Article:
An update on periocular dermatoses
The periocular area may be affected by infectious or noninfectious diseases such as inflammatory dermatoses, systemic disease, drug reactions, benign and malignant lesions, traumatic lesions, and esthetic complications. Published in the International Journal of Women's Dermatology, the authors present a review of the most common periocular dermatoses.

The functional purpose of the periocular area stands out among all other purposes. The main structure must be preserved to maintain the sight function and the eyelids are responsible to physically protect the eyeball, acting as a barrier to foreign objects and trauma. The lubrication of the cornea by the lacrimal film is another essential role, which is fulfilled by making the palpebral anatomy suitable through thin and flexible skin that covers the deeper structures.

The eyelashes originate in the free palpebral border and their main function is the protection of the eye by closing with reflex stimulation. The upper eyelashes curve upward and the lower ones downward so they do not interfere with each other. Individuals of all races have them with variations in length and thickness, but they are always present; thus, their absence is pathologic.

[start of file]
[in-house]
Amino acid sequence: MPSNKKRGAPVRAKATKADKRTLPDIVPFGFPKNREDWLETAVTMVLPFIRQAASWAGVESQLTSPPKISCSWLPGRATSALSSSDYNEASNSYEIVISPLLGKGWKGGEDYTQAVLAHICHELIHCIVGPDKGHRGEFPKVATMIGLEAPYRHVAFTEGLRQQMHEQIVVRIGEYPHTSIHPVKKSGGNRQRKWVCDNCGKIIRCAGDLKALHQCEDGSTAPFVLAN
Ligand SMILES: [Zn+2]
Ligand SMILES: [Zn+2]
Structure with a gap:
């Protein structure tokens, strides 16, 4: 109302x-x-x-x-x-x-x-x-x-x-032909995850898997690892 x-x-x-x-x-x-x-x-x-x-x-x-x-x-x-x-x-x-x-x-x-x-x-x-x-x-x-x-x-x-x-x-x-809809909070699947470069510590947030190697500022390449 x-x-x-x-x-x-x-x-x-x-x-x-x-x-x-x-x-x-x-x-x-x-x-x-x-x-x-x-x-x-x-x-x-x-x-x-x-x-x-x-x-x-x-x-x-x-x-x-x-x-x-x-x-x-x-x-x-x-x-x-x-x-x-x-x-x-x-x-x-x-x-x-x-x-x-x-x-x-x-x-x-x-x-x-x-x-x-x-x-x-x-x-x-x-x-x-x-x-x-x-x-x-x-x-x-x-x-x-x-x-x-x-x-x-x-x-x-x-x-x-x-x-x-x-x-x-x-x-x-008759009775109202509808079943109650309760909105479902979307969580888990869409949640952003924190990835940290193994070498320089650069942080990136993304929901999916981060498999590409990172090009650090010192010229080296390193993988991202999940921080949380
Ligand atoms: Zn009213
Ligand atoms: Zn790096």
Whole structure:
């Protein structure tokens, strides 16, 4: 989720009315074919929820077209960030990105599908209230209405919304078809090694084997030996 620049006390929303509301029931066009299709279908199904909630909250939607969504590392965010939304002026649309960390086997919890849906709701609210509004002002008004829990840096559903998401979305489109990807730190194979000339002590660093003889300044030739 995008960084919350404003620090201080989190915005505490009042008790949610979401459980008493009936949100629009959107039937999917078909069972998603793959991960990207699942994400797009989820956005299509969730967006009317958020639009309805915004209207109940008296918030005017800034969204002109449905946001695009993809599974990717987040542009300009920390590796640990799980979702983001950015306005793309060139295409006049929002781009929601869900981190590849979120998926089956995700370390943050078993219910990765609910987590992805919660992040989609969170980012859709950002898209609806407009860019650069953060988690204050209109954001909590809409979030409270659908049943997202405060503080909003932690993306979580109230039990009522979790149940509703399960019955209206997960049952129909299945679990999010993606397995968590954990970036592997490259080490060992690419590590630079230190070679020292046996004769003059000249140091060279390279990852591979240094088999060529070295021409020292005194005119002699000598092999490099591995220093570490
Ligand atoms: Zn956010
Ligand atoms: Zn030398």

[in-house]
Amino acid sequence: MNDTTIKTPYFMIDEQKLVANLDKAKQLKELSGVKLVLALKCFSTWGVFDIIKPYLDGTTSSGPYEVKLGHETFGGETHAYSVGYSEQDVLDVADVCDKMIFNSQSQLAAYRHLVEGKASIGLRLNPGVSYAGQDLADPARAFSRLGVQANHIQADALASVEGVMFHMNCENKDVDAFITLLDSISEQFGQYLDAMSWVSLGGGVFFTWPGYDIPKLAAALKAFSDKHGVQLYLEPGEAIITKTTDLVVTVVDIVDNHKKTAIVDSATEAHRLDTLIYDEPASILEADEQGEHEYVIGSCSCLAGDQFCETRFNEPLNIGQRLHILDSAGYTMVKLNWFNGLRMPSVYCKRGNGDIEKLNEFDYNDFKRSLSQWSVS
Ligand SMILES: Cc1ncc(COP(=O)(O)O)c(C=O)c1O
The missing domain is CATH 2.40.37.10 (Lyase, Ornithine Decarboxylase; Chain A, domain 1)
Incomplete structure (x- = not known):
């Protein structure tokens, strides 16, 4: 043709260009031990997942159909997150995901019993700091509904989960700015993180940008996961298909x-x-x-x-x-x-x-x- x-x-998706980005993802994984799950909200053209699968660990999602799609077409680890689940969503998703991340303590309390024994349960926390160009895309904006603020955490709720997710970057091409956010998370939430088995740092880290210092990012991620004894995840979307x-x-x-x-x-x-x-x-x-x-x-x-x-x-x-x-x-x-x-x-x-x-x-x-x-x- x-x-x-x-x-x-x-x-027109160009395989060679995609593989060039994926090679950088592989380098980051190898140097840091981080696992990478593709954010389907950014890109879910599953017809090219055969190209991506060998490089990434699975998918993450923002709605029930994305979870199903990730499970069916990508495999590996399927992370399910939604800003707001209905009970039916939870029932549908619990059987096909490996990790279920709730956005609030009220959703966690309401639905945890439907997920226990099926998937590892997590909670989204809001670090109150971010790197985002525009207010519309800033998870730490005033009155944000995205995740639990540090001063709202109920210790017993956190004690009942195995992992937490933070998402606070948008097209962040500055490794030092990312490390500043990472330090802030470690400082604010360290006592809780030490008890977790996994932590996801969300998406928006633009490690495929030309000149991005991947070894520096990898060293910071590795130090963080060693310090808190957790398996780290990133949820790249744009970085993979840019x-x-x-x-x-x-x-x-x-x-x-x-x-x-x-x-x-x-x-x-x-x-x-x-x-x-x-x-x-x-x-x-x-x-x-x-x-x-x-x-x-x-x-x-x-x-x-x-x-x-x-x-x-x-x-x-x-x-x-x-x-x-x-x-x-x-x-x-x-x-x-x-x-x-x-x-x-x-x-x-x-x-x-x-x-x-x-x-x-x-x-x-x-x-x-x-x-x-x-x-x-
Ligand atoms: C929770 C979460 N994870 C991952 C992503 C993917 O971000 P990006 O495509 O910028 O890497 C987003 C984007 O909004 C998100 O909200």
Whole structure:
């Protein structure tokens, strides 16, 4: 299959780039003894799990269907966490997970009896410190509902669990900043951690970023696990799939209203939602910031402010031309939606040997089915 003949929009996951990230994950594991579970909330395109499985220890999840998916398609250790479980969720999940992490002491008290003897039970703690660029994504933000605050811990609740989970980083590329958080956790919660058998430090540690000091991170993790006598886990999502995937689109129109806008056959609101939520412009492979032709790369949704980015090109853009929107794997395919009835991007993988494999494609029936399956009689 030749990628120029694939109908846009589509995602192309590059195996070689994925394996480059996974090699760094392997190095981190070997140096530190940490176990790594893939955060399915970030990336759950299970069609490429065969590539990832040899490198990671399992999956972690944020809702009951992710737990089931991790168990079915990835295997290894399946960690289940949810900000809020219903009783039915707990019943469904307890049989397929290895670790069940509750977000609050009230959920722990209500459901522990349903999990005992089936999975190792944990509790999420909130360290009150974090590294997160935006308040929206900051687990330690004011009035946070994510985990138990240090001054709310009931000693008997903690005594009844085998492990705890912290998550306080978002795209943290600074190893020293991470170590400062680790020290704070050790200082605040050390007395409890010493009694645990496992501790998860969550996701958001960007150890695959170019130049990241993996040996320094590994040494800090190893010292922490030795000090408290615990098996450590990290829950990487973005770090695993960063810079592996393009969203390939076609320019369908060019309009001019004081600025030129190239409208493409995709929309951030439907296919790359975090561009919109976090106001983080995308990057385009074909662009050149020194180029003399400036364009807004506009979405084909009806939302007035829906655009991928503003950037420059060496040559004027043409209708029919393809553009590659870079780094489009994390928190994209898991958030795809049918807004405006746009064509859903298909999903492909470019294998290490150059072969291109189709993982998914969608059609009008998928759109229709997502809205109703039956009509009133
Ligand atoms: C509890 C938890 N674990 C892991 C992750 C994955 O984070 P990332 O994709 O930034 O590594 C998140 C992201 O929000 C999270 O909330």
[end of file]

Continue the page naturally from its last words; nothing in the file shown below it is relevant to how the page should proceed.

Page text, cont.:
The periocular area is also a very relevant aesthetic unit of the face and is one of the first to show signs of aging. For this reason, this area is frequently treated with cosmetic intentions.

The periocular area may be affected by infectious or noninfectious diseases such as inflammatory dermatoses, systemic disease, drug reactions, benign and malignant lesions, traumatic lesions, and esthetic complications.

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